It was darned good with the spanking fresh prawns. However it was rather hot, so if you are a wuss you might want to cut down on the number of chillies a little.

Recipe: Buttermilk Pannacotta

I’m forever forgetting and trying to reconstruct this recipe, so this is another aide memoire blog post. I use Bryn Williams’ base recipe but have been steadily dialing down the gelatine to help give it a lovely wibble. I would also advise less sugar than he recommends.

Buttermilk panna cotta

284g buttermilk (1 St. Ivel carton, available at Waitrose)
284g double cream
100g caster sugar (too much, try 50-75g to taste)
1 vanilla pod
2 leaves gelatine (specifically, Costa fine leaf gelatine – in the blue pack)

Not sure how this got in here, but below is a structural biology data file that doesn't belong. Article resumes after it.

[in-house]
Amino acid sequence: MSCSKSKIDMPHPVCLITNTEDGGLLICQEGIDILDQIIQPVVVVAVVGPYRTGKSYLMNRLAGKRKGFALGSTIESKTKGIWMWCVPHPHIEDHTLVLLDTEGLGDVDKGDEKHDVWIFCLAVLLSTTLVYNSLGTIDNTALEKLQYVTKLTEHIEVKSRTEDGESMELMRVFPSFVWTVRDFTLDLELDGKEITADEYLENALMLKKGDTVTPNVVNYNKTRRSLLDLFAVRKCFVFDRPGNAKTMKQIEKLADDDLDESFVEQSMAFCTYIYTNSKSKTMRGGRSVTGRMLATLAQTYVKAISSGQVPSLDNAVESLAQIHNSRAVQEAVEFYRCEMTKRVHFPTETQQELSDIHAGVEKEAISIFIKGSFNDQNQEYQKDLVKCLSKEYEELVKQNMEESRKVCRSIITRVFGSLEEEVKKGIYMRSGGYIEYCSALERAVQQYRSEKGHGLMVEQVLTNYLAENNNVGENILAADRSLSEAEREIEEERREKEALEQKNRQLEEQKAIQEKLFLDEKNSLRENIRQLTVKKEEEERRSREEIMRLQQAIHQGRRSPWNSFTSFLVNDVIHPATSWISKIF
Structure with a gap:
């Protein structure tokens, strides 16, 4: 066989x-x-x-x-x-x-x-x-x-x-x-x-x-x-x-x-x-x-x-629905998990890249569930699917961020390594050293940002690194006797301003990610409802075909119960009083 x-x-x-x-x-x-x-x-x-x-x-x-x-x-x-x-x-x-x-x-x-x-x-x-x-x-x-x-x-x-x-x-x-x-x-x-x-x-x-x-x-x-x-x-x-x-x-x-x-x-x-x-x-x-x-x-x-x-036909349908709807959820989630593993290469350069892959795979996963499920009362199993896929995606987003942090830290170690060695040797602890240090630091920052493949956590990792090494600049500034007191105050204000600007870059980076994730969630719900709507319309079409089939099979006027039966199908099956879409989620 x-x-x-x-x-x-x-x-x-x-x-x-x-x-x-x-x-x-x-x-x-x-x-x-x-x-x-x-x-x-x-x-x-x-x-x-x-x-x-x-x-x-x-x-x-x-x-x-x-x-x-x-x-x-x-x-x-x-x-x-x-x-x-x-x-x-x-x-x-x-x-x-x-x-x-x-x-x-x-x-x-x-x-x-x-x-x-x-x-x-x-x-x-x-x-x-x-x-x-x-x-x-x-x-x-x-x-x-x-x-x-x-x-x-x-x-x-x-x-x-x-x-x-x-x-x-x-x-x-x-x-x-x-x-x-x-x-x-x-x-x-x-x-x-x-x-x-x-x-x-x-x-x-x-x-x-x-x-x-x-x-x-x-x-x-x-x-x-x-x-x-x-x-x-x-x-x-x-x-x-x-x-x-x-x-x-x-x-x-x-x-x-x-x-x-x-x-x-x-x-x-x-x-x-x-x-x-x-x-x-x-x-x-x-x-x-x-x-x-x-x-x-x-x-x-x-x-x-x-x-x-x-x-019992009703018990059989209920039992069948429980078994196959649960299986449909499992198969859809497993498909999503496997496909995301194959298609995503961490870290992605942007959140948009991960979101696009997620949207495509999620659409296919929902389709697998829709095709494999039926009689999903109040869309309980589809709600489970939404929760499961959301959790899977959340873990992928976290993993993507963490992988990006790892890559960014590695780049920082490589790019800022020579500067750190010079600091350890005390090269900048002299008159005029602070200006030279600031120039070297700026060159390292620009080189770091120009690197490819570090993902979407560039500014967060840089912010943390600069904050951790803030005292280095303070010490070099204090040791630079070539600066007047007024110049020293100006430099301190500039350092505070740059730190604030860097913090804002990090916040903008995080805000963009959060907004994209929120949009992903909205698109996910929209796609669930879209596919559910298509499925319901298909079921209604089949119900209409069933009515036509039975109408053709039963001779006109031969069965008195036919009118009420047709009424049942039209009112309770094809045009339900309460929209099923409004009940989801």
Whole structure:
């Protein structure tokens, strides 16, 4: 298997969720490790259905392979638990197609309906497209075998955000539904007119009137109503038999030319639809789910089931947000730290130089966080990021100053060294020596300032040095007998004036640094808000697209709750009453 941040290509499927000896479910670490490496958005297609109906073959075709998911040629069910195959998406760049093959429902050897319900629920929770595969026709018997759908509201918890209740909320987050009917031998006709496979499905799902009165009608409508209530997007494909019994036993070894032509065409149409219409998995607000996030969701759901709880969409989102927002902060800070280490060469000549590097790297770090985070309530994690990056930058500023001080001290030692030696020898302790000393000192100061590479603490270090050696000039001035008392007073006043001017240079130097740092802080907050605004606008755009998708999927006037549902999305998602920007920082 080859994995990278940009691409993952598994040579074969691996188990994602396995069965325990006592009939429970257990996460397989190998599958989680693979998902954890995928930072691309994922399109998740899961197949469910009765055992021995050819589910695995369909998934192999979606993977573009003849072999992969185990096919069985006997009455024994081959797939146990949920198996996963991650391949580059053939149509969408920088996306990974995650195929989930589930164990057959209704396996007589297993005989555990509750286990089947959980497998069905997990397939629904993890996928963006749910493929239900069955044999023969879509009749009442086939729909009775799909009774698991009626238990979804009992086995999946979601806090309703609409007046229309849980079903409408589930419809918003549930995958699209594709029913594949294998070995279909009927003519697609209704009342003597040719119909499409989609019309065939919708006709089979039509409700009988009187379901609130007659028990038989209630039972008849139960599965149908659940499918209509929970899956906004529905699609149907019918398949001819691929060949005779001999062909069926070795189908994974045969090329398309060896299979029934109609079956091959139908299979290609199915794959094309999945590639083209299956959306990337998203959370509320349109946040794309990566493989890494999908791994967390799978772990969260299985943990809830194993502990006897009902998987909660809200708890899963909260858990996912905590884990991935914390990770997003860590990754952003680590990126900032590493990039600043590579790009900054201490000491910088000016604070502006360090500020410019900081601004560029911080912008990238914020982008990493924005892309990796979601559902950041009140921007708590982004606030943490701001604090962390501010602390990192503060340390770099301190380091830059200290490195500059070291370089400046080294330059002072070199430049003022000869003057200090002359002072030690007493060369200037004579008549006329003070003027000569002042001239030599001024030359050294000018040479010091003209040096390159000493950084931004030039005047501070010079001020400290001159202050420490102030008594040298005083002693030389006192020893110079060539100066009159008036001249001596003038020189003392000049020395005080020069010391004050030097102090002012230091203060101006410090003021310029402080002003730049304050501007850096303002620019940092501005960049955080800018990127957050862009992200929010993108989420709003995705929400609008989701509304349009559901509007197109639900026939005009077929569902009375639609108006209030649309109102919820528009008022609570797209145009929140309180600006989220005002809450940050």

Scrape out vanilla pod and add seeds and pod to pan with double cream. Bring to boil. Remove from heat.

Whisk in soaked gelatine leaves ensuring they are completely dissolved.

Put buttermilk in bowl and pour hot cream mixture over, removing vanilla pod. Mix.

Pour mixture into small Pyrex bowl, cover with cling-film and refrigerate until set (~4 hours).

Turn out onto plate and serve with berries, poached rhubarb, etc.

Update 25 Nov 2011

OK, I’ve nailed this recipe now. I genuinely can’t see how it can be improved. Here’s the updated quantities:

Buttermilk panna cotta

284g buttermilk (1 St. Ivel carton, available at Waitrose)
284g double cream
75g caster sugar
1 vanilla pod
1 + 2/3 leaves gelatine (specifically, Costa fine leaf gelatine – in the blue pack)

The only remaining problem with this recipe is that if you make one large one, as I do, it will tend to spread out a little when turned onto a plate. Doesn’t really matter though.